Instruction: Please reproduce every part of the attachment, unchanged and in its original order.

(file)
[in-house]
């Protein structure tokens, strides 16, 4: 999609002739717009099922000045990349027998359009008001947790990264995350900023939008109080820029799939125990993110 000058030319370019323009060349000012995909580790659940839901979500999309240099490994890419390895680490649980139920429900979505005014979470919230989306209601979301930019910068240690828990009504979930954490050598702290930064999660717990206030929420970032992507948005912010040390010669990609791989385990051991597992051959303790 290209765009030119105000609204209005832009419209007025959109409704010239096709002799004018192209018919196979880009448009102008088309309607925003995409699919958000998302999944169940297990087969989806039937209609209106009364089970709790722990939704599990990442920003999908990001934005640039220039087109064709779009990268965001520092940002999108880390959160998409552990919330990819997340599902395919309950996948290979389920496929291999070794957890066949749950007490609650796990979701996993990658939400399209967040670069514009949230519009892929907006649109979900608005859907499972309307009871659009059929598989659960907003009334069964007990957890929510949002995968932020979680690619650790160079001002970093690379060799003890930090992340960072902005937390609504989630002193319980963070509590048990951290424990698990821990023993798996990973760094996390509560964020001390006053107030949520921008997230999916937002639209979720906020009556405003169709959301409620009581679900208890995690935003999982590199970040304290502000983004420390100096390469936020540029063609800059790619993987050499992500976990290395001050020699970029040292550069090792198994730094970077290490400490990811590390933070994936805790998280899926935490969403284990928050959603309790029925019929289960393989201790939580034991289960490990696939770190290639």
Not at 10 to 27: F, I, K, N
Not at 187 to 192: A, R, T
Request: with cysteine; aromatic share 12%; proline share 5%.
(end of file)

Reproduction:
[in-house]
């Protein structure tokens, strides 16, 4: 999609002739717009099922000045990349027998359009008001947790990264995350900023939008109080820029799939125990993110 000058030319370019323009060349000012995909580790659940839901979500999309240099490994890419390895680490649980139920429900979505005014979470919230989306209601979301930019910068240690828990009504979930954490050598702290930064999660717990206030929420970032992507948005912010040390010669990609791989385990051991597992051959303790 290209765009030119105000609204209005832009419209007025959109409704010239096709002799004018192209018919196979880009448009102008088309309607925003995409699919958000998302999944169940297990087969989806039937209609209106009364089970709790722990939704599990990442920003999908990001934005640039220039087109064709779009990268965001520092940002999108880390959160998409552990919330990819997340599902395919309950996948290979389920496929291999070794957890066949749950007490609650796990979701996993990658939400399209967040670069514009949230519009892929907006649109979900608005859907499972309307009871659009059929598989659960907003009334069964007990957890929510949002995968932020979680690619650790160079001002970093690379060799003890930090992340960072902005937390609504989630002193319980963070509590048990951290424990698990821990023993798996990973760094996390509560964020001390006053107030949520921008997230999916937002639209979720906020009556405003169709959301409620009581679900208890995690935003999982590199970040304290502000983004420390100096390469936020540029063609800059790619993987050499992500976990290395001050020699970029040292550069090792198994730094970077290490400490990811590390933070994936805790998280899926935490969403284990928050959603309790029925019929289960393989201790939580034991289960490990696939770190290639």
Not at 10 to 27: F, I, K, N
Not at 187 to 192: A, R, T
Request: with cysteine; aromatic share 12%; proline share 5%.